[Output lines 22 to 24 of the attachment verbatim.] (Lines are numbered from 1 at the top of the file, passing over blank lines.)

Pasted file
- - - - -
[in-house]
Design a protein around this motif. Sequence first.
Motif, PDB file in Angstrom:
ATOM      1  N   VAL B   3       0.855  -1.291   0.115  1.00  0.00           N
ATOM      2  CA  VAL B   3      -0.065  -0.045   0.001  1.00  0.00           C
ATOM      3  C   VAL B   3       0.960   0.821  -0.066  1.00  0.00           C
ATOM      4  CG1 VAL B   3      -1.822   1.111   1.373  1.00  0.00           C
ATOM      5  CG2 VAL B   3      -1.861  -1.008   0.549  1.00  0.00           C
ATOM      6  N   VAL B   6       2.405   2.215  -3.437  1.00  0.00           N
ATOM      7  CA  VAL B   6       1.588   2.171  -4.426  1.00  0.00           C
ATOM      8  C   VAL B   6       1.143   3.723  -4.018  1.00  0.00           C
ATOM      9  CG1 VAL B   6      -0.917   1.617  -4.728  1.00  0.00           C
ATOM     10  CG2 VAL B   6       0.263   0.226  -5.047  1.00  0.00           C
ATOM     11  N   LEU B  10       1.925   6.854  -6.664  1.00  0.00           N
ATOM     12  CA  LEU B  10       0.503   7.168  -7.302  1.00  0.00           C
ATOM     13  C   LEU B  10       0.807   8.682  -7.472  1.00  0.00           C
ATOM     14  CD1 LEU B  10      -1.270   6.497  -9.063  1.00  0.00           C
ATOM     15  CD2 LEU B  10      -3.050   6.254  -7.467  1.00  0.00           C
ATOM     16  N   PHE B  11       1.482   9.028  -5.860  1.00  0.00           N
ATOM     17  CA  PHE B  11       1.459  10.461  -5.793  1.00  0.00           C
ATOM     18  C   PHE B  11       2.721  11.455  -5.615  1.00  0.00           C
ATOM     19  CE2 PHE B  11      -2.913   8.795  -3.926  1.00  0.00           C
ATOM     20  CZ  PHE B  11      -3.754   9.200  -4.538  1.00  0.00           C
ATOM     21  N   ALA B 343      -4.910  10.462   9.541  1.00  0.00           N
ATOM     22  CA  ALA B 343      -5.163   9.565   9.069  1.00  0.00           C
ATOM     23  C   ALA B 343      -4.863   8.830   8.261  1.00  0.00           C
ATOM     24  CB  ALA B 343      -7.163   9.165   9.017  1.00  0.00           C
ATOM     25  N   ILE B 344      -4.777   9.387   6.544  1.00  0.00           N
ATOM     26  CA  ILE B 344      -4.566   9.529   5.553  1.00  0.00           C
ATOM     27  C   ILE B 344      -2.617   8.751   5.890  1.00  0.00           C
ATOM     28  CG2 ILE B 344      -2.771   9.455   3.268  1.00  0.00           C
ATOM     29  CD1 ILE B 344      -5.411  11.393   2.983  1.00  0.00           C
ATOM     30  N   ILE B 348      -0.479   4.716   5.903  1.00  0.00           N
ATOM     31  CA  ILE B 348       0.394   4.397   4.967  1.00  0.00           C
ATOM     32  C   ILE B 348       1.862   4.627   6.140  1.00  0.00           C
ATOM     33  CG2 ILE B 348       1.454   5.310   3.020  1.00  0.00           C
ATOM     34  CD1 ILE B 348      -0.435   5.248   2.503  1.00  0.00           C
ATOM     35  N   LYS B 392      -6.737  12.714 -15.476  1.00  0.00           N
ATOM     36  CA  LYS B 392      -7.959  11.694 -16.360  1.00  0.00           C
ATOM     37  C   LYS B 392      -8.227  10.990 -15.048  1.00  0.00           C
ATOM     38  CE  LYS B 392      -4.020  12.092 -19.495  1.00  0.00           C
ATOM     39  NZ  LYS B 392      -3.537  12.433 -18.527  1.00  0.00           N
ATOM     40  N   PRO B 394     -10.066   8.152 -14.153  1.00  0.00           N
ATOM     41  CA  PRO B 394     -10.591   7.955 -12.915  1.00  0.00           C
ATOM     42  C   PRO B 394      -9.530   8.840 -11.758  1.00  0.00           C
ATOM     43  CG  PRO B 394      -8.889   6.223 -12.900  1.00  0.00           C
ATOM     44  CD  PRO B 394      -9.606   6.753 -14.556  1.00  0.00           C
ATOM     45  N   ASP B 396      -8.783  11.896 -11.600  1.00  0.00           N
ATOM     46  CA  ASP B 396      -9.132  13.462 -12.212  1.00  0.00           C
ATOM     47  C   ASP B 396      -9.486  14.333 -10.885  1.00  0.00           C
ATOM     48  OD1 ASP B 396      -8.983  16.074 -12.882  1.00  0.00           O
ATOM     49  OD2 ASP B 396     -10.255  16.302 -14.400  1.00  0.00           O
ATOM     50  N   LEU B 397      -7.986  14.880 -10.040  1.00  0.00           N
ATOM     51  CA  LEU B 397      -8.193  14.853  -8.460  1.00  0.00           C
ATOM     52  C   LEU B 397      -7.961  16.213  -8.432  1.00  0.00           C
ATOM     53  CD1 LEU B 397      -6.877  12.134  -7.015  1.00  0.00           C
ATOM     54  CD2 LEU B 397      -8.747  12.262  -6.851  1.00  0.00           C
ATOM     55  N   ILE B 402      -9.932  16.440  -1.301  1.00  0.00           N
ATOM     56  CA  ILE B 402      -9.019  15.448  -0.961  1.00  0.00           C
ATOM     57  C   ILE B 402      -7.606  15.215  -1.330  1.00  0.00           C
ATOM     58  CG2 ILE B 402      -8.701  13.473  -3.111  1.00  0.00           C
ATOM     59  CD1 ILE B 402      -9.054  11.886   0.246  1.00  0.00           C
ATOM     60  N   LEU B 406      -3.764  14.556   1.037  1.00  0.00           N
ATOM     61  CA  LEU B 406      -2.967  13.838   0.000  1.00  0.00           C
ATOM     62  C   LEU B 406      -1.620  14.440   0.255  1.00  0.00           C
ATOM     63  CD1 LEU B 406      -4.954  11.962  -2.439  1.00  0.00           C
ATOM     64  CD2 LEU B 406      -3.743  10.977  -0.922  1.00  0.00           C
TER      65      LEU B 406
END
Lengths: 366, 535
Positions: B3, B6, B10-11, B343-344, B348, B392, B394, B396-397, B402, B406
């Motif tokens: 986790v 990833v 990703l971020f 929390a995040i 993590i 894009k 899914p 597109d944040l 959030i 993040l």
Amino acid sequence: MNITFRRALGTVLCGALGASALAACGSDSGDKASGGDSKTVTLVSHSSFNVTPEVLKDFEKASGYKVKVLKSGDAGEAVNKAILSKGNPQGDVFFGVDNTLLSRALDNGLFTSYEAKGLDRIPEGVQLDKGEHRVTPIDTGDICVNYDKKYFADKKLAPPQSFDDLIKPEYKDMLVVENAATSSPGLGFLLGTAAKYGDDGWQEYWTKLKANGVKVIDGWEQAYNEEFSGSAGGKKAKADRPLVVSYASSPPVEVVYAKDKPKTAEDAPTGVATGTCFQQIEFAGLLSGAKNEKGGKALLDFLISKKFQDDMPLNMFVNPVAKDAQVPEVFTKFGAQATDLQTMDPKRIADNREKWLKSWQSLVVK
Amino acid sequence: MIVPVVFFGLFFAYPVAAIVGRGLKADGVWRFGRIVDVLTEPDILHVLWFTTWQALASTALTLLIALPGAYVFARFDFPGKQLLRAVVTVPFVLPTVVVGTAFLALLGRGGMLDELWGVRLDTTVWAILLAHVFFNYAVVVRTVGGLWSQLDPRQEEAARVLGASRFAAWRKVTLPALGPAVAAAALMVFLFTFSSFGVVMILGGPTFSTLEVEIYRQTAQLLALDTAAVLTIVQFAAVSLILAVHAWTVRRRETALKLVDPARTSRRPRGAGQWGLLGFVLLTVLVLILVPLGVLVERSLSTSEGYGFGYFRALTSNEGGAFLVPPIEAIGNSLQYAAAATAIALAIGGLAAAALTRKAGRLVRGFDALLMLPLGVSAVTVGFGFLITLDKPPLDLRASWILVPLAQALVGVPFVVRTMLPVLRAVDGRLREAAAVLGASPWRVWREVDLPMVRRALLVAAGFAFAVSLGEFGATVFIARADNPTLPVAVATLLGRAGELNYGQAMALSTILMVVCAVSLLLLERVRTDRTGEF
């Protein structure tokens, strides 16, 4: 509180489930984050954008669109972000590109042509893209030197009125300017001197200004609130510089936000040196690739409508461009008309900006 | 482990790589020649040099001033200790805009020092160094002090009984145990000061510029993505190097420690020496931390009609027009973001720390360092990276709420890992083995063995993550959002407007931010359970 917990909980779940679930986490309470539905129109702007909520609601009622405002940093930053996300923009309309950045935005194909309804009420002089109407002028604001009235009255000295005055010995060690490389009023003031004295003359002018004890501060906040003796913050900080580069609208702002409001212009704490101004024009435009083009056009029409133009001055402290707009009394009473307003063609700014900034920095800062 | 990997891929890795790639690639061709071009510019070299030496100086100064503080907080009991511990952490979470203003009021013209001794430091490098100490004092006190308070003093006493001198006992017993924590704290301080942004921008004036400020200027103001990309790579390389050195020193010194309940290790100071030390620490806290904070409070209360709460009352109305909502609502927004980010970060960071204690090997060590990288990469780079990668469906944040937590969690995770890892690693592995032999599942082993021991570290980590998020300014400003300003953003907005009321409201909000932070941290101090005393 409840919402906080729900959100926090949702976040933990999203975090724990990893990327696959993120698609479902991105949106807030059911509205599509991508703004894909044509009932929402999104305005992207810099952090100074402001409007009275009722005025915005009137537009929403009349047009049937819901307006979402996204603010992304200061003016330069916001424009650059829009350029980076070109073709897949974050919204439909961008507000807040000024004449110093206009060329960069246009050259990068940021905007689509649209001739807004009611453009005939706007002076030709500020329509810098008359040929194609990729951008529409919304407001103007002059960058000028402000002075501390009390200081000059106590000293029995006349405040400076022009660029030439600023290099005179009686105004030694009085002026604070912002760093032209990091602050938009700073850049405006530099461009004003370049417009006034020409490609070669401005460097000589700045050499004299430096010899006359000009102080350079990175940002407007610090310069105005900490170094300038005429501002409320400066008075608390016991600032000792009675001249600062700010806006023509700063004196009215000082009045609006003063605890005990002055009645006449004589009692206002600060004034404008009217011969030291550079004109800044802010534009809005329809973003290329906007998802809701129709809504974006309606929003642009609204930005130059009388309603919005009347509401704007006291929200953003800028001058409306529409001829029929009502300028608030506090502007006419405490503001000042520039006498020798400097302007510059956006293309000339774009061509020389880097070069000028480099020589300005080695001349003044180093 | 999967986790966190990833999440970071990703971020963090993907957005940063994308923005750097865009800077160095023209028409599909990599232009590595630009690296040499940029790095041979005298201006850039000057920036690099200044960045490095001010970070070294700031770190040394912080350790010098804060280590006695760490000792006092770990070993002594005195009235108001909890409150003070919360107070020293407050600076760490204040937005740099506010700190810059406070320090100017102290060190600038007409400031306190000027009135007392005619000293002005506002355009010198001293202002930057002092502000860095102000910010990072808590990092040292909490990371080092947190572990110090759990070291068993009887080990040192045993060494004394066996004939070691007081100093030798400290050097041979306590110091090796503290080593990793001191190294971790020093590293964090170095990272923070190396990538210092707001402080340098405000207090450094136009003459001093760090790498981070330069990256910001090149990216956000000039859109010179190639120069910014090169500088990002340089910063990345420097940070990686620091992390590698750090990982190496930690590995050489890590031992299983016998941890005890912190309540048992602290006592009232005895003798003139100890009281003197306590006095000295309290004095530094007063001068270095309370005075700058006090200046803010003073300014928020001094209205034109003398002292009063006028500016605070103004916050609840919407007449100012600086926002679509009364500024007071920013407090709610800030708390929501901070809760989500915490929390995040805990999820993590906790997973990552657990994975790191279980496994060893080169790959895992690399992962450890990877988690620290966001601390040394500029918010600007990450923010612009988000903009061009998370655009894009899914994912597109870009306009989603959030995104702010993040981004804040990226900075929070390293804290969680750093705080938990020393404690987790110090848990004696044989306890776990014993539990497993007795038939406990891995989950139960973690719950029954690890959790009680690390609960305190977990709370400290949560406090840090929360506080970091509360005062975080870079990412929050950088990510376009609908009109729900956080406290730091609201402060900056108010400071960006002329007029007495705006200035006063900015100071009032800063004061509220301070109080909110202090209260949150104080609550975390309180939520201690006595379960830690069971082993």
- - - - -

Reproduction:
ATOM     19  CE2 PHE B  11      -2.913   8.795  -3.926  1.00  0.00           C
ATOM     20  CZ  PHE B  11      -3.754   9.200  -4.538  1.00  0.00           C
ATOM     21  N   ALA B 343      -4.910  10.462   9.541  1.00  0.00           N